A confronting new anti-racism campaign places New Zealanders in the shoes of people while they are being abused.

The second phase of the Give Nothing to Racism campaign, launched today by the Human Rights Commission, features filmmaker Taika Waititi.

The initiative centres on a virtual online experience called Voice of Racism in which a disembodied face - voiced by Waititi - relays real-life experiences of racism.

The comments include what the commission calls unconscious racism ("Can I touch your hair", "There are some cheaper menu items on the back"), assumptions about nationality ("That's your son? No way") and verbal and physical abuse ("Go back to your own country").

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The website explains why each comment is racist and how people can behave differently.

Race Relations Commissioner Meng Foon said he hoped it would prompt New Zealanders to reflect on their own words and the harm they could cause.

"People can get the overt comments very clearly, but there are a lot of subtle messages that people don't recognise - assumptions about nationality, ignoring ability, internalised racism, subliminal things that people say and that they're not aware of," he told the Herald.

"They will hear some of these comments and hopefully say 'That could be me'. Or 'that is me'. And hopefully there will be self-correction but also when they go to the workplace, if they hear colleagues making these comments, and they will tell that person to listen to the voice of racism."

Race Relations Commissioner Meng Foon said subtle or more nuanced racism was often harder to combat. A new campaign aimed to highlight its impact - and provoke change.
Race Relations Commissioner Meng Foon said subtle or more nuanced racism was often harder to combat. A new campaign aimed to highlight its impact - and provoke change.

Foon said the Christchurch mosque attacks and the Black Lives Matter protests had prompted New Zealanders to reflect on their contribution to every day or structural racism. He wanted them to go further, correcting their own behaviour and speaking up for victims.

"Yep, you've done that, fantastic, you feel good that you've marched. So what is your next step? I would love people to continue that journey in the workplace, in schools, wherever they go in society, that they actually work hard with their colleagues and friends to call out racism."

One of the campaign's aims was to highlight that jokes or stereotypes which people thought were trivial had a cumulative effect.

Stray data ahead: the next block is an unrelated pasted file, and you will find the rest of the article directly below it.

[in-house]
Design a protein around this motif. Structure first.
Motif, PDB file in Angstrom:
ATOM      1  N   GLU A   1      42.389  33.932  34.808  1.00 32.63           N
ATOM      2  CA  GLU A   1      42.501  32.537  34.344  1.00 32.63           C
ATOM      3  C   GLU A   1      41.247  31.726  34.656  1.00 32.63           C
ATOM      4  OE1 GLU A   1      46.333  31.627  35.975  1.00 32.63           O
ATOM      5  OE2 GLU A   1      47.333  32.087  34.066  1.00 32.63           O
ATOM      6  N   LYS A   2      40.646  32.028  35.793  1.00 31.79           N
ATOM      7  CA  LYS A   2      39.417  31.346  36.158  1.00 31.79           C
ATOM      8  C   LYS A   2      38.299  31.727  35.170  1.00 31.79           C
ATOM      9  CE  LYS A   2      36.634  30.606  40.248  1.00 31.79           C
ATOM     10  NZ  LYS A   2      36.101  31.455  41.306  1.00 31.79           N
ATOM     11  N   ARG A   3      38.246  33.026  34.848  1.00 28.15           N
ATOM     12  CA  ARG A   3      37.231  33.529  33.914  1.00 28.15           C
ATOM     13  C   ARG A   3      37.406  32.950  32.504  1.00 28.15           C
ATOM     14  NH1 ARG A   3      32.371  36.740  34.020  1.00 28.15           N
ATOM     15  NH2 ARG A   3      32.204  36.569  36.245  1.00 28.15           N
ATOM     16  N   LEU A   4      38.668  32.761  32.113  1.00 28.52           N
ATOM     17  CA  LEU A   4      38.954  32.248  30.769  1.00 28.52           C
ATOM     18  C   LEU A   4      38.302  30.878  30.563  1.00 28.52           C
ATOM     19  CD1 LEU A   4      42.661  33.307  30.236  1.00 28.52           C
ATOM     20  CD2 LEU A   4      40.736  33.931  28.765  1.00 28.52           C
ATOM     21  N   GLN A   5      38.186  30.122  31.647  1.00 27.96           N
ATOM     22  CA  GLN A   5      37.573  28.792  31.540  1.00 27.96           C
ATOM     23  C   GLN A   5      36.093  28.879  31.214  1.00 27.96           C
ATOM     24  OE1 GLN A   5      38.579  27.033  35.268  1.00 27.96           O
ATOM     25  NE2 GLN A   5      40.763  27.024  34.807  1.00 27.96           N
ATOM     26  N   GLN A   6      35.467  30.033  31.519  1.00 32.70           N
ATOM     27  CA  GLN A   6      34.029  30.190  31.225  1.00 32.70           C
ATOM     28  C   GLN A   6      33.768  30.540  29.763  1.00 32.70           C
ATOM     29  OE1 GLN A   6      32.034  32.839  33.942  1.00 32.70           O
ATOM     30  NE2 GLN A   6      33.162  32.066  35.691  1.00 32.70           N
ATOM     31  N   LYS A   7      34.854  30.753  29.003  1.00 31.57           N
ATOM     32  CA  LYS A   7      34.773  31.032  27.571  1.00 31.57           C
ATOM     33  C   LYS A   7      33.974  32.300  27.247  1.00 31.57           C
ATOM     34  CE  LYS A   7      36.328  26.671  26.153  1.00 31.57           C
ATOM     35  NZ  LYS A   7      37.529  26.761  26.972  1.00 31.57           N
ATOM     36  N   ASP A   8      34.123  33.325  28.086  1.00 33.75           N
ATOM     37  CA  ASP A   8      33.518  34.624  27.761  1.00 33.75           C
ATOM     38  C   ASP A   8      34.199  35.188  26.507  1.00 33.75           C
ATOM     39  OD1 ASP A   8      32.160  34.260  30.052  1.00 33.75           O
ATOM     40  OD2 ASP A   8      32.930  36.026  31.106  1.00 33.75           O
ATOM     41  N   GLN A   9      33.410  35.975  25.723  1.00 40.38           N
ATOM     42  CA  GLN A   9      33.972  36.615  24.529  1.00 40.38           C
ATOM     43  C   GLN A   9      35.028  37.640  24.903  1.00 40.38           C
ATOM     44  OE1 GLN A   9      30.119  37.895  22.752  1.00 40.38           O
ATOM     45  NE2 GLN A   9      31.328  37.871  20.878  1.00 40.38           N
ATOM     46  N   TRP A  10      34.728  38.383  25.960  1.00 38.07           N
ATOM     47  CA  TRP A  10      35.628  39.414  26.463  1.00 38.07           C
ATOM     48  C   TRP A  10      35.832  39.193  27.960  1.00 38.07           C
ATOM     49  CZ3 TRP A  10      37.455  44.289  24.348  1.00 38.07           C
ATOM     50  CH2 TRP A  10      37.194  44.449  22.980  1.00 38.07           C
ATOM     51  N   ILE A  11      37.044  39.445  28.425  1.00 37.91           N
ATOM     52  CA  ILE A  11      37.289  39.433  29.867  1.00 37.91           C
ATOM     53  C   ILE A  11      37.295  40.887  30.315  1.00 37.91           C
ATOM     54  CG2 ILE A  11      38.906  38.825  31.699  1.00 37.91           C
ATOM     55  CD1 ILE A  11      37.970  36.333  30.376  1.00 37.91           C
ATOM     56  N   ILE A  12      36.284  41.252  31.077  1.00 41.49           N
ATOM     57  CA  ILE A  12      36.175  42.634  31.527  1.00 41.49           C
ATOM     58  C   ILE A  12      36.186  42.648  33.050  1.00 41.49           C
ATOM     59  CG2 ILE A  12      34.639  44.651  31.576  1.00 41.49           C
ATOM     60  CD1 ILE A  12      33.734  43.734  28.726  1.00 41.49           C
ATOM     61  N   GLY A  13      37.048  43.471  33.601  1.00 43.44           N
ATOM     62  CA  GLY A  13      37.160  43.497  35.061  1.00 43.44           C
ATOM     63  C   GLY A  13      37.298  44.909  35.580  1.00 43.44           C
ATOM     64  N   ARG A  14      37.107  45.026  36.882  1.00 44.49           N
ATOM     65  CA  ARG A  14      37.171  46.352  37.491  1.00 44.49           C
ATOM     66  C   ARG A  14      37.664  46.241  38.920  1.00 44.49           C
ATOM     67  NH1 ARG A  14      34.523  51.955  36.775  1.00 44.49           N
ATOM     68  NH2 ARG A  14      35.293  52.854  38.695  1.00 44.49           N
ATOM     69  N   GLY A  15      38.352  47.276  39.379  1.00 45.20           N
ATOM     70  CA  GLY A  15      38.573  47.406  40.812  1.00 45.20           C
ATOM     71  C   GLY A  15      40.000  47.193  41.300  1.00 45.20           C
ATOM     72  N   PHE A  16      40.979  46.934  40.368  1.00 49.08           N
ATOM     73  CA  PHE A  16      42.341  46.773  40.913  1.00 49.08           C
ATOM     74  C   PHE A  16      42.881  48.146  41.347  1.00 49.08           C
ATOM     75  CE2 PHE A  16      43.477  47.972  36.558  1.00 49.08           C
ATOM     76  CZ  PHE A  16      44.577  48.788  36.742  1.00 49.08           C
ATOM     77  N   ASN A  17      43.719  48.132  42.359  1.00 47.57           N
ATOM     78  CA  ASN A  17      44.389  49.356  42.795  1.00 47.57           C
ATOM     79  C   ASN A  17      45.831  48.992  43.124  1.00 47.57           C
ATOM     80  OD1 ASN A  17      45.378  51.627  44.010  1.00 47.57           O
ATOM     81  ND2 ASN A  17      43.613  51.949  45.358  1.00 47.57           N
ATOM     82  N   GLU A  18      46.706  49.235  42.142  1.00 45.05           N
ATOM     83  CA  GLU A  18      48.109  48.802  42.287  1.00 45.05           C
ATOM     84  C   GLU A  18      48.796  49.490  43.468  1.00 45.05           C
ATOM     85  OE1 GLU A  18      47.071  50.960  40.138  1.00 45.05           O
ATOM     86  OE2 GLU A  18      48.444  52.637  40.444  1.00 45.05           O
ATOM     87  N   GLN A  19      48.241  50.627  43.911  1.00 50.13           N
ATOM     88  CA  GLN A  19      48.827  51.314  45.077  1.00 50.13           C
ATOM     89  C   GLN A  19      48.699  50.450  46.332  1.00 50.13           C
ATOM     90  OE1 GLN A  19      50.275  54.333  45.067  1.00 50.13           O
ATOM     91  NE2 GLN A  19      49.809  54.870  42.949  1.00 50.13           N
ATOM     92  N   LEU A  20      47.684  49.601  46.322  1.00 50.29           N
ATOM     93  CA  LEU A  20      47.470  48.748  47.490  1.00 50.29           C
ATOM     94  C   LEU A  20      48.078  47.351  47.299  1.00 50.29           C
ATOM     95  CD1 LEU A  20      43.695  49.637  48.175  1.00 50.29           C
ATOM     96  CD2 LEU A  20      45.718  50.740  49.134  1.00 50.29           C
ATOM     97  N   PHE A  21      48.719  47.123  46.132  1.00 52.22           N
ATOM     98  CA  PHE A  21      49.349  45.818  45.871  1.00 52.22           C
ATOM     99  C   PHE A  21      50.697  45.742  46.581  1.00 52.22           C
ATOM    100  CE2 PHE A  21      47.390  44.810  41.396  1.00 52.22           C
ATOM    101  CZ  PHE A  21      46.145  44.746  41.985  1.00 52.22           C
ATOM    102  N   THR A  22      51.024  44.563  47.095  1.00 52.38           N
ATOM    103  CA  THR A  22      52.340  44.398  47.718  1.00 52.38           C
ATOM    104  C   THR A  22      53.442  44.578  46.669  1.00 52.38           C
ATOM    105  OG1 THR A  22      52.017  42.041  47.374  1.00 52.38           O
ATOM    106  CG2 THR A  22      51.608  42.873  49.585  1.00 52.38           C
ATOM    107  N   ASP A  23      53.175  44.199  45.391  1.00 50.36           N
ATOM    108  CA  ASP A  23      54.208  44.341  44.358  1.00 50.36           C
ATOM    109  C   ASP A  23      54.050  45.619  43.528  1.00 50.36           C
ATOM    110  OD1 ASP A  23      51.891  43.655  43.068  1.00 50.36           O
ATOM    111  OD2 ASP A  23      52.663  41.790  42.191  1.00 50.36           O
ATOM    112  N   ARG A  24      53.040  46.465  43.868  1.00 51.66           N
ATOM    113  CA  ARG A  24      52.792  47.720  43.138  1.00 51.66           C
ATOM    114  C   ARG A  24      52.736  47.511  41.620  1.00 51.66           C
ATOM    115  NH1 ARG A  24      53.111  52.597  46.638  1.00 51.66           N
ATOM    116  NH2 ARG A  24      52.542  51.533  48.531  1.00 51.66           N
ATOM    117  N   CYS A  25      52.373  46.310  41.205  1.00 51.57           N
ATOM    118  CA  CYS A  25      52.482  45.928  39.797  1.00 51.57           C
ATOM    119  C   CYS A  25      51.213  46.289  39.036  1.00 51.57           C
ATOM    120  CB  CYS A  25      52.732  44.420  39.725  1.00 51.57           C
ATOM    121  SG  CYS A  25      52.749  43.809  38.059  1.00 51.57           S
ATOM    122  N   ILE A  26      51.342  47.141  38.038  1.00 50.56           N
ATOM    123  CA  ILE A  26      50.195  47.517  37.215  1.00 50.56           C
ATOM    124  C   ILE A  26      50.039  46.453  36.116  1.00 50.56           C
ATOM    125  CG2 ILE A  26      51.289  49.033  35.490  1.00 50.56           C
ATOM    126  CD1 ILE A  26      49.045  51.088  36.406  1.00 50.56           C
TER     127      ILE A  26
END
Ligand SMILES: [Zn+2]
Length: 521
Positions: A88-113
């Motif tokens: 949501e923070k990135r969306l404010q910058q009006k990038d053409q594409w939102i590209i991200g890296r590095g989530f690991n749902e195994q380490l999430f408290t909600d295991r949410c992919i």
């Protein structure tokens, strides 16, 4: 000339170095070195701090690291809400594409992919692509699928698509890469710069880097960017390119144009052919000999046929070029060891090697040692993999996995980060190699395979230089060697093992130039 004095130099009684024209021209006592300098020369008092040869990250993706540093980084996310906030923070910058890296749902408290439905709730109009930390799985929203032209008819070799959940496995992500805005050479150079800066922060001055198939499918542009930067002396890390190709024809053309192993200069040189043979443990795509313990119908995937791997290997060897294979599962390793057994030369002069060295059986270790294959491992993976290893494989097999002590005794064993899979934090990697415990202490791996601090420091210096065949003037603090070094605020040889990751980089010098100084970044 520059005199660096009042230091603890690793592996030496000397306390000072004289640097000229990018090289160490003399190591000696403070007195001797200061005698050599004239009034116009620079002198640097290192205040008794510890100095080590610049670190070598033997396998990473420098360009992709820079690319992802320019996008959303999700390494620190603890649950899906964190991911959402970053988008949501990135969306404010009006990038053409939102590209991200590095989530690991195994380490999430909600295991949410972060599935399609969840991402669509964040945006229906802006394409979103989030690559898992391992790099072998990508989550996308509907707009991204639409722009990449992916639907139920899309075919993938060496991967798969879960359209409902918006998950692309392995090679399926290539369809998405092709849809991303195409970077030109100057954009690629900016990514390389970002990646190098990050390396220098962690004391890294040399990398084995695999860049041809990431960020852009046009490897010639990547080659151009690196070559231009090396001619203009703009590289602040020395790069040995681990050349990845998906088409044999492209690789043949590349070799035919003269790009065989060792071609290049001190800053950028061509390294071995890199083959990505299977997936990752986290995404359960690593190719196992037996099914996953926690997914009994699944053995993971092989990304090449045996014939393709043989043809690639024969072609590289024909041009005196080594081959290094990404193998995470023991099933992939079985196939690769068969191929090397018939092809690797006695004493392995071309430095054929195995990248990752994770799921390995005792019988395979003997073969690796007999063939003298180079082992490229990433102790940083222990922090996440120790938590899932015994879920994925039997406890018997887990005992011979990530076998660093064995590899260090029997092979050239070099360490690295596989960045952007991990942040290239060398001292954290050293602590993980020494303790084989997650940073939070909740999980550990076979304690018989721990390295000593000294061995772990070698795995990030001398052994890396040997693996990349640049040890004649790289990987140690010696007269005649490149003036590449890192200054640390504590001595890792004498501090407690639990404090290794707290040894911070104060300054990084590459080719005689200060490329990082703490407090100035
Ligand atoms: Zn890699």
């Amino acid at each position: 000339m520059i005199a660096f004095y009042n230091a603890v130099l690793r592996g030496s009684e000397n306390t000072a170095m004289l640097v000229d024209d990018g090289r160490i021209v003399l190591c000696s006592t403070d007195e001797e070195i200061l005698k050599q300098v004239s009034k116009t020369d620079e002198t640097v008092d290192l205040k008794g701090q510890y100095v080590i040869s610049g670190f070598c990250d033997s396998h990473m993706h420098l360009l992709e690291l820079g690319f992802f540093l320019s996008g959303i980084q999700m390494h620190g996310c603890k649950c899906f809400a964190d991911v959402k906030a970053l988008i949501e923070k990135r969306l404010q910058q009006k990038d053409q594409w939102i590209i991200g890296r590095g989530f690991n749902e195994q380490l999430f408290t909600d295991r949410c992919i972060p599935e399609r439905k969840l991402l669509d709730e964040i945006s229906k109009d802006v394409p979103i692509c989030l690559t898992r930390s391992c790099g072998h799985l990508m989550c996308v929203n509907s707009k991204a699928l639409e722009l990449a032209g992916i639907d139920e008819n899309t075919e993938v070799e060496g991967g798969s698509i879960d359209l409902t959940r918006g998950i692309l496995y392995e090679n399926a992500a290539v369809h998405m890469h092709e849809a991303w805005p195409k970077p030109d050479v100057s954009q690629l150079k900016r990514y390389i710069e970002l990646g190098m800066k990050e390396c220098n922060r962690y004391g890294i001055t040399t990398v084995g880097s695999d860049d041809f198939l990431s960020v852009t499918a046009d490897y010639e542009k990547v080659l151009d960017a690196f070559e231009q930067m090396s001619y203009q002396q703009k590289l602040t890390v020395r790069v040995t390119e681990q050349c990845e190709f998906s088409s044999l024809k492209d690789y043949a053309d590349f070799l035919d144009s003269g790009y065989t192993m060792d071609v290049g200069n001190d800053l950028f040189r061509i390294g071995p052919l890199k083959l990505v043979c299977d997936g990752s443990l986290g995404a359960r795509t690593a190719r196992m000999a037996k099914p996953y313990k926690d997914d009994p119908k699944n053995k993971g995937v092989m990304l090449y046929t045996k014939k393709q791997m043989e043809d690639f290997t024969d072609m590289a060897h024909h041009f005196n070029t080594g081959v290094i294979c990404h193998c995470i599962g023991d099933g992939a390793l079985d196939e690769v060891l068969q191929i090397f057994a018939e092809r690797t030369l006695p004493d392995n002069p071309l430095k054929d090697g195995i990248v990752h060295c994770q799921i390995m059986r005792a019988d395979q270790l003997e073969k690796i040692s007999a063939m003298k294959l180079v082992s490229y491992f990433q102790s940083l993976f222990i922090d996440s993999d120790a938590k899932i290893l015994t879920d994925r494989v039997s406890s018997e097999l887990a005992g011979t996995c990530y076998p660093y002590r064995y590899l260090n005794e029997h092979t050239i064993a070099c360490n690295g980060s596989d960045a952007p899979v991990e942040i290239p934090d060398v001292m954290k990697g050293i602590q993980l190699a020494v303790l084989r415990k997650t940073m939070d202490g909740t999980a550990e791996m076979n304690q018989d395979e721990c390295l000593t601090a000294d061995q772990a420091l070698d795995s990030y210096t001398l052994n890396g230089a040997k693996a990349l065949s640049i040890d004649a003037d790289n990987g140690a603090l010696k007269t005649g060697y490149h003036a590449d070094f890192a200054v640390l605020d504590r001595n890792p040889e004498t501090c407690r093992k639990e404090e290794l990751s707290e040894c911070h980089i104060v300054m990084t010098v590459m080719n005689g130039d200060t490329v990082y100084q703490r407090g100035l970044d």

That effect was underlined by Katherine Walsh, who is of Maori and European descent and contributed to the campaign.

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Walsh, from the North Shore, said she was constantly corrected and undermined throughout her youth, often by people in positions of power.

"I was doing geography at intermediate school and I said Lake Taupo [with correct pronunciation]. And the teacher stood me up in the class and told me to say it properly. We're talking 2004, this is in the 80s or 90s. Basically until I said 'Towel-po' I was ridiculed in front of the classroom."

That was part of a pattern of racist treatment. Walsh said she looked different from her mother, and a doctor once expressed surprise during an appointment: "Are you her biological mother?"

Subtle assumptions and behaviours were more harmful than overtly racist comments, Walsh said.

"Now I have this default position that I must be in the wrong. Even in a work environment or generally, if someone corrects me I say 'Oh sorry'.

"It's just learned behaviour because I was always made to feel like I was wrong. I have this anxious need to give credentials for everyone I am saying to validate it, because I expect people not to believe me or question me."

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Walsh said the campaign was powerful because it was based on real-life experiences and not what someone imagined to be racism. She was often told what racism was and wasn't rather than being asked about her experience.

"The fact that people can deny racism exists - that's their privilege. I don't get that luxury, I don't get to say this isn't real - I've lived it."

The $1.3 million campaign was part of a broader anti-racism response which was prompted by the Christchurch mosque attacks last year.

The commission is working with the Ministry of Justice on a national action plan against racism.

That plan was announced to the United Nations after the Christchurch terrorism attack, but is yet to be released.

*See the Voice of Racism interactive here

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